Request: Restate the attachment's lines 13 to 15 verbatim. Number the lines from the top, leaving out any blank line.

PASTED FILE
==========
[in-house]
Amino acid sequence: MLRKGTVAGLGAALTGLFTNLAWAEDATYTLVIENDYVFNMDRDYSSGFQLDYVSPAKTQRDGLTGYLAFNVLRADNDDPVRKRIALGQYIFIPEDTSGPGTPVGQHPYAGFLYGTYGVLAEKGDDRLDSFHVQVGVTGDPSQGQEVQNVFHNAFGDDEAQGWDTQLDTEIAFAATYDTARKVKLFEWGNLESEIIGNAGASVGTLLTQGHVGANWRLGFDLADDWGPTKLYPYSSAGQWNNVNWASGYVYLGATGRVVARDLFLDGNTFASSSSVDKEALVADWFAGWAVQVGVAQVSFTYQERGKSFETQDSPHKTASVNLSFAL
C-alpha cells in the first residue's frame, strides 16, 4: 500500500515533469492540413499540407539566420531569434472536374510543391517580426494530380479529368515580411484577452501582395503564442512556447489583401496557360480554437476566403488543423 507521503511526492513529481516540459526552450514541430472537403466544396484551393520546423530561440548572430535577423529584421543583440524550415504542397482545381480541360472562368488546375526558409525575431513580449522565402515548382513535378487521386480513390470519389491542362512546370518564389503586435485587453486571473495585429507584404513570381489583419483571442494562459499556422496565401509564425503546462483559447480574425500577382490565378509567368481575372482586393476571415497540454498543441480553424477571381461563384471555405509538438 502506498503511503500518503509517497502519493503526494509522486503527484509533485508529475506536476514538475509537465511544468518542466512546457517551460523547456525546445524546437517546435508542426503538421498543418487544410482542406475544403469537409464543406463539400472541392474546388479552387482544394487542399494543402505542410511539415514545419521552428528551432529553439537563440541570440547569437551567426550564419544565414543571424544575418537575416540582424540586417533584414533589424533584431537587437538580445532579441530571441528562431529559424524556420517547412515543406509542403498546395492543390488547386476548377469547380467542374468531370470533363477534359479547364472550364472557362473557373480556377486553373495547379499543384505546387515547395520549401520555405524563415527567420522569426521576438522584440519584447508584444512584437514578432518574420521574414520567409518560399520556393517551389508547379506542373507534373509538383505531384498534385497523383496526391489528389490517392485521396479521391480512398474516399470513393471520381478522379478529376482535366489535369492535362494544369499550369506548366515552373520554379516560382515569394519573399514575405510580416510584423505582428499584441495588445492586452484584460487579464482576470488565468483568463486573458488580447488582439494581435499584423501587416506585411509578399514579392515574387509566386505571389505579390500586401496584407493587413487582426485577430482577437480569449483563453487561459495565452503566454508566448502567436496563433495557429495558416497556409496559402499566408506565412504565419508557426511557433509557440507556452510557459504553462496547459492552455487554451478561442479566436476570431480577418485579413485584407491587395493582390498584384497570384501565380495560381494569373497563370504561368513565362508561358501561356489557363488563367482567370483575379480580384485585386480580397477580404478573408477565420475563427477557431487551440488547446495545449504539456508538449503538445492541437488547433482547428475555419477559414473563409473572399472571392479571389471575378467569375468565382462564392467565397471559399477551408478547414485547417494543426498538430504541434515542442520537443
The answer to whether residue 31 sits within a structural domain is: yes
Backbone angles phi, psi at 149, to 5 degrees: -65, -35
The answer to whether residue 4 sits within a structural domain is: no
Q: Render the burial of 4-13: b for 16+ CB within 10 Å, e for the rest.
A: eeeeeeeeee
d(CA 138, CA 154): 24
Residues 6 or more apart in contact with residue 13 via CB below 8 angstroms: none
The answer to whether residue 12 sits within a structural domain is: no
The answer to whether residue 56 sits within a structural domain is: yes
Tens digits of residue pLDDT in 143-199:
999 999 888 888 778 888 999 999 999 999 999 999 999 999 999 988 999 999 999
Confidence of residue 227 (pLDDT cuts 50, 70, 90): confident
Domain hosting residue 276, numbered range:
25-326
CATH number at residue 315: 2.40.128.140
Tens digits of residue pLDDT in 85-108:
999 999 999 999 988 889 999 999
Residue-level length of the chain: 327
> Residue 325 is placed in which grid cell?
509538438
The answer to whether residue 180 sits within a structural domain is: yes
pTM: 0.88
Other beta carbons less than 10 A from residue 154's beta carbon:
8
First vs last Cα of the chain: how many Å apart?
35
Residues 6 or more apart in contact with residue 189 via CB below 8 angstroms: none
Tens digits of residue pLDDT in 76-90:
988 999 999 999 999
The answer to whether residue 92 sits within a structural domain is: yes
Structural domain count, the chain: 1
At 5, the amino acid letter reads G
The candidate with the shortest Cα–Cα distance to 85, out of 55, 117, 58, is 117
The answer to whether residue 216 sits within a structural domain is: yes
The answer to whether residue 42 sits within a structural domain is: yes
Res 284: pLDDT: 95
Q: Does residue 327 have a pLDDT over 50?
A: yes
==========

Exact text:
Tens digits of residue pLDDT in 143-199:
999 999 888 888 778 888 999 999 999 999 999 999 999 999 999 988 999 999 999
Confidence of residue 227 (pLDDT cuts 50, 70, 90): confident